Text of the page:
Hugh Lashbrooke, who is leading the organization of the event again this year, said the team has secured a new venue that will be better suited to a hackathon. Workshop17, a collaboration and meeting venue, will host the charity hackathon's 70 participants (7 people per team). The event is currently half-full and is recruiting another 35 participants.

"One thing the event has done for me, and others in the community, is open us up to the rest of what is happening in the city," Lashbrooke said. "Our skills may seem pretty self-serving (building websites to make money), but they can be used for a lot more. Everyone who participates has so much fun on the day that I think they forget that it's really work."

This year's charities include the following organizations:

The Cape Town WordPress community pioneered the concept of using WordPress to lift up local charities and this type of event has now spread to other areas of the world. As a member of the WordPress project's Community Team, Lashbrooke has been working on making the do_action charity hackathons easily reproducible. It's now part of the WordPress Community Program with guidelines in the community events organizer handbook.

The new doaction.org website lists the upcoming hackathons and takes care of all the manual admin work that Lashbrooke did for himself for the first couple of events. The functionality is built on top of his experience in running the events.

"There has been a ton of interest in the event from communities around the world, and we've already seen successful events in Austin and Johannesburg," Lashbrooke said. "More hackathons are scheduled for Pretoria, Beirut, and Montreal later this year. A few of the other cities that have shown interest and applied, but have not scheduled anything yet, are Fort Myers, Denver, New York City, and Ahmedabad, amongst others."

Bringing the do_action charity hackathons under the official WordPress community program allows the team to offer logistical and financial support to organizers in the same way they already support WordCamp and meetup organizers. They do not have an official mentorship program set up yet, as the event types is still new, but Lashbrook said the community team does what it can to help hackathon organizers get started.

23 May 2017 7:52pm GMT

Matt: What’s in My Bag, 2017 edition

I am a road warrior who has racked up several million miles over the past decade, and since I'm also working more-than-full-time running Automattic (a totally distributed company) and leading WordPress I need the ability to be productive wherever I can find a comfortable place to sit. I carry a backpack with me almost all the time and obsessively tweak and iterate what's in it, which led to posts in 2014 and 2016. This is the latest edition, and I hope you enjoy it.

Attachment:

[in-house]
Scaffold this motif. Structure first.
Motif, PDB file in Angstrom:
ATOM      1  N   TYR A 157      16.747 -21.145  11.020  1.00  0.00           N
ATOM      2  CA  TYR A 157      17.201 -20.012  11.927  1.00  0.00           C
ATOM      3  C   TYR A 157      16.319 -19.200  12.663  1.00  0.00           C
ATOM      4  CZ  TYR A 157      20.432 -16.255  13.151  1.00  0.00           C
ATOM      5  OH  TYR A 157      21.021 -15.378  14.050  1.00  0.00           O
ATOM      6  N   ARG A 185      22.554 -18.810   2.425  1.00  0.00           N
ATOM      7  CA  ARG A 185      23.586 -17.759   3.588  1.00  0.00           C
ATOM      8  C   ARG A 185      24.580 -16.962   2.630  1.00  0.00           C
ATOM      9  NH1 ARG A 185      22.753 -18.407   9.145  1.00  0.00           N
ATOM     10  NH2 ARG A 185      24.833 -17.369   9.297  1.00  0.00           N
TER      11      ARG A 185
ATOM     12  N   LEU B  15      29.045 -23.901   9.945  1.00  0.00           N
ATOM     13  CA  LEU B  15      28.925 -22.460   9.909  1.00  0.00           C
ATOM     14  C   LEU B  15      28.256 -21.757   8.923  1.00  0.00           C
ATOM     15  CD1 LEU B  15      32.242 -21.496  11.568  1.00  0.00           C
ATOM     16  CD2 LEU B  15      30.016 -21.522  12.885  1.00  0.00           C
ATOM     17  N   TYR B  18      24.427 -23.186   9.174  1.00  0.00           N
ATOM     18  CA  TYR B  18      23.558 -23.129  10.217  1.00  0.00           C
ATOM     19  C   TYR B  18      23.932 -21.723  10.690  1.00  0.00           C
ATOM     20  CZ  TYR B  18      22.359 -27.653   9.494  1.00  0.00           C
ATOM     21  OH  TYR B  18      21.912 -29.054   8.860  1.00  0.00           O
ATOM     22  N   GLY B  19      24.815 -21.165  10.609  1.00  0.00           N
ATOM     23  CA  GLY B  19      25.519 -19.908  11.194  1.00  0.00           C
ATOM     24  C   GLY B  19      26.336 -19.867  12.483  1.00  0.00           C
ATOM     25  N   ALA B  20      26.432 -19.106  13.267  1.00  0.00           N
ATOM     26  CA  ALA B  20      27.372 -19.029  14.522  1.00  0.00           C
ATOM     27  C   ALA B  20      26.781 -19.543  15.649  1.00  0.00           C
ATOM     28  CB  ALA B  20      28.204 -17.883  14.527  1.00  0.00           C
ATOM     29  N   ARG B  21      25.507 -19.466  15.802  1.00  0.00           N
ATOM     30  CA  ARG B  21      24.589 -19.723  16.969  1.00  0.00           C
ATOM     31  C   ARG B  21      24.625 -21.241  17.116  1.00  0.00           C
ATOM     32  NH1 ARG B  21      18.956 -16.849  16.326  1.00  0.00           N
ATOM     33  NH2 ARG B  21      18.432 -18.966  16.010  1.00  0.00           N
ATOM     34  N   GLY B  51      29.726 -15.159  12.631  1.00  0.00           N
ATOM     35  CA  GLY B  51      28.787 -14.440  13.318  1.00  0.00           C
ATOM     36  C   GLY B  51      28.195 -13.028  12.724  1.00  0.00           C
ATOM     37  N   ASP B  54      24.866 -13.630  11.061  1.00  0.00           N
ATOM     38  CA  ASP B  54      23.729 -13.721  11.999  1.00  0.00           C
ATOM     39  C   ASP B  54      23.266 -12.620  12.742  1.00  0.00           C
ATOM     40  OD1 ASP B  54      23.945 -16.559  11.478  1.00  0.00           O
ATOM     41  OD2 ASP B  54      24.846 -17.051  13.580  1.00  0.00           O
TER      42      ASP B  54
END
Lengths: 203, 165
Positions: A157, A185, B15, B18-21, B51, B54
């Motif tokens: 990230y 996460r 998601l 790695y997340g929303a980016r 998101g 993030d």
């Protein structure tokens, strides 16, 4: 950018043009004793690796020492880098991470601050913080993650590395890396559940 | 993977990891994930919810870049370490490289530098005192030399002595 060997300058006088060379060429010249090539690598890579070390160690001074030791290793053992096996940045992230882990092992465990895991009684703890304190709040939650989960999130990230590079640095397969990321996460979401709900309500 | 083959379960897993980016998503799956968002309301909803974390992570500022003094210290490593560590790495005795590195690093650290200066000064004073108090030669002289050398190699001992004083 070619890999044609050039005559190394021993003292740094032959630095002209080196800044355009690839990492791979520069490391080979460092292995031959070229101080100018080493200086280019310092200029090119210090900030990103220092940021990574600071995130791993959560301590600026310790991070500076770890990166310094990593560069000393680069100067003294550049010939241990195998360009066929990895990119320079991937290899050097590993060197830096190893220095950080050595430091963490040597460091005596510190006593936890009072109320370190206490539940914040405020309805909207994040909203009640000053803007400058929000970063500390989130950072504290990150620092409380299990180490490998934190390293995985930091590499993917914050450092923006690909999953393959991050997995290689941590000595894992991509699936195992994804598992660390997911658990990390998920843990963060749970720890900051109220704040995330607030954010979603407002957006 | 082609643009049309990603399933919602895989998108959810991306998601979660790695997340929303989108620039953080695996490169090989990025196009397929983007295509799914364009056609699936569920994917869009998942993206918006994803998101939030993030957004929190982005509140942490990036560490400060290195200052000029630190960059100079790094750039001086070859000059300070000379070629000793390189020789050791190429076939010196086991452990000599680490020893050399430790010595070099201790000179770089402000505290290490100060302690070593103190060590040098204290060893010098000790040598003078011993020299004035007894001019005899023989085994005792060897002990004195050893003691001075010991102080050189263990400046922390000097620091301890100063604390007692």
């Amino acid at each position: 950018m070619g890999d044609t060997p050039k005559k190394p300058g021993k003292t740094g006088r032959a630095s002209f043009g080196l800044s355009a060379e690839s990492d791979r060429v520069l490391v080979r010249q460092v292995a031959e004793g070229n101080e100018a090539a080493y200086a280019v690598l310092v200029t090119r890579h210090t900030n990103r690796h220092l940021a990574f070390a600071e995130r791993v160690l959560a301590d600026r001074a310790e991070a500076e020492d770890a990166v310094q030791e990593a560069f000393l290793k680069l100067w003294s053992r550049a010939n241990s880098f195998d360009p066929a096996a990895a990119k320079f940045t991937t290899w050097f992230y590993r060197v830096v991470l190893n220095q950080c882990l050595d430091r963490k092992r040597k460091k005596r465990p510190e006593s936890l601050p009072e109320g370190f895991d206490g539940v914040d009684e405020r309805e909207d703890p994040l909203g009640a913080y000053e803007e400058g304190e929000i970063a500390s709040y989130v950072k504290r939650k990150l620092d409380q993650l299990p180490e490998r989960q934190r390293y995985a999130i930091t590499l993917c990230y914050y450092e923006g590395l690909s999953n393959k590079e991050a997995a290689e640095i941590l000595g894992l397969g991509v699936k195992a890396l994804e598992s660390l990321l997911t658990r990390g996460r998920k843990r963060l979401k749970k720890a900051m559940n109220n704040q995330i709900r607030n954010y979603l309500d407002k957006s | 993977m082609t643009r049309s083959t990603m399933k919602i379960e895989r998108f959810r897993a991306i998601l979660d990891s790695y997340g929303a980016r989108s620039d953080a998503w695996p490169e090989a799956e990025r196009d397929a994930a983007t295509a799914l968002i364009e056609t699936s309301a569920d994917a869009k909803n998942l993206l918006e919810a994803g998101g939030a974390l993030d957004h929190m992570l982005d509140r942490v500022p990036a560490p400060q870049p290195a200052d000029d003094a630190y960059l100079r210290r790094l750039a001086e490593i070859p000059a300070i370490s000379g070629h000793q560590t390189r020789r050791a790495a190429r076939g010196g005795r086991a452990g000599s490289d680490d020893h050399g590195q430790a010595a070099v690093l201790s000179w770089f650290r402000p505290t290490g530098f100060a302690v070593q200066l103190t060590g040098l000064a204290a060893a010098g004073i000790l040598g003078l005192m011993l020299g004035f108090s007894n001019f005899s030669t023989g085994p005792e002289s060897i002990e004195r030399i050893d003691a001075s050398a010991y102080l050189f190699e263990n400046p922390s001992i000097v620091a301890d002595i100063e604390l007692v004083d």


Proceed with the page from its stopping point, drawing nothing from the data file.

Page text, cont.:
1. This is a grey wool buff, which works as a scarf, a hat, or an eye cover if I'm trying to sleep. I tried this out because of one of Tynan's also-great gear posts.
  2. Theraband resistance band, which I aspirationally carry around to help stretch in the morning. Hat tip: Jesse Schwartzman of this blog post fame.
  3. Some generic Maui Jim polarized sunglasses with rubber nose pads, which I like for running or hiking because they don't move around or slip even when you're hot.
  4. Tzukuri "Ford" + charger, a super-cool Audrey company that is like a combination of a Tile and cool sunglasses. They connect via bluetooth to your phone and can notify you when you leave them behind, or use the app to locate them. A charge lasts 30 days. I think this is only available in Australia right now, but should be coming to other countries soon. (Or just buy them on vacation in Australia.) These replaced my fancy Maison Bonnet sunglasses.
  5. Westone ES49 custom earplugs, for if I go to concerts or anyplace overly loud. (3rd year)
  6. A Tile, which was a gift from my sister. I keep this in a pocket in my backpack and it helps me locate it if I lose it, or if I can't find my phone I can press the button and it'll make it beep. Surprisingly handy. Hat tip: Charleen.
  7. Hermes business card holder. (3rd year)
  8. A cut-out of a chamois cloth, which I use for cleaning smudges and such off glasses and screens. Mine is from Amazon but you can get at any car place or Walmart, use this guide to prepare, and then cut pieces off. Hat tip: Dean.
  9. Airpods. These are just fantastic, and I highly recommend them. I use them for calls, podcasts, audiobooks, meditating, Duolingo… they've become an essential daily product for me. A cool trick is to use one ear while the other is charging in the "floss" case. Hat tip: Jony.
  10. Bose QuietComfort 35, wireless bluetooth headphones. I misplaced my cool WordPress Sennheisers and picked these up in an airport before a long flight. They're extremely comfortable, great battery life, and I keep an audio splitter and Lightning audio adapter in the case. I've hated on Bose many times in the past, but these are decent and I get why people like them, especially the comfort aspect. I am listening to them as I write this. I used Audeze EL-8 Titanium for a while, which obviously sound better, but the lightning cable was unwieldy and it was annoying (and ridiculous) I couldn't plug them into my laptop. Hat tip: Every airport electronics store.
  11. Jabra Sport Pace bluetooth earbuds, which replaced my Powerbeats for running and working out. They have been way sturdier. Pretty inexpensive, too, right now about $60. I know in theory you can run with Airpods, but I'd be too scared of one going down a street drain.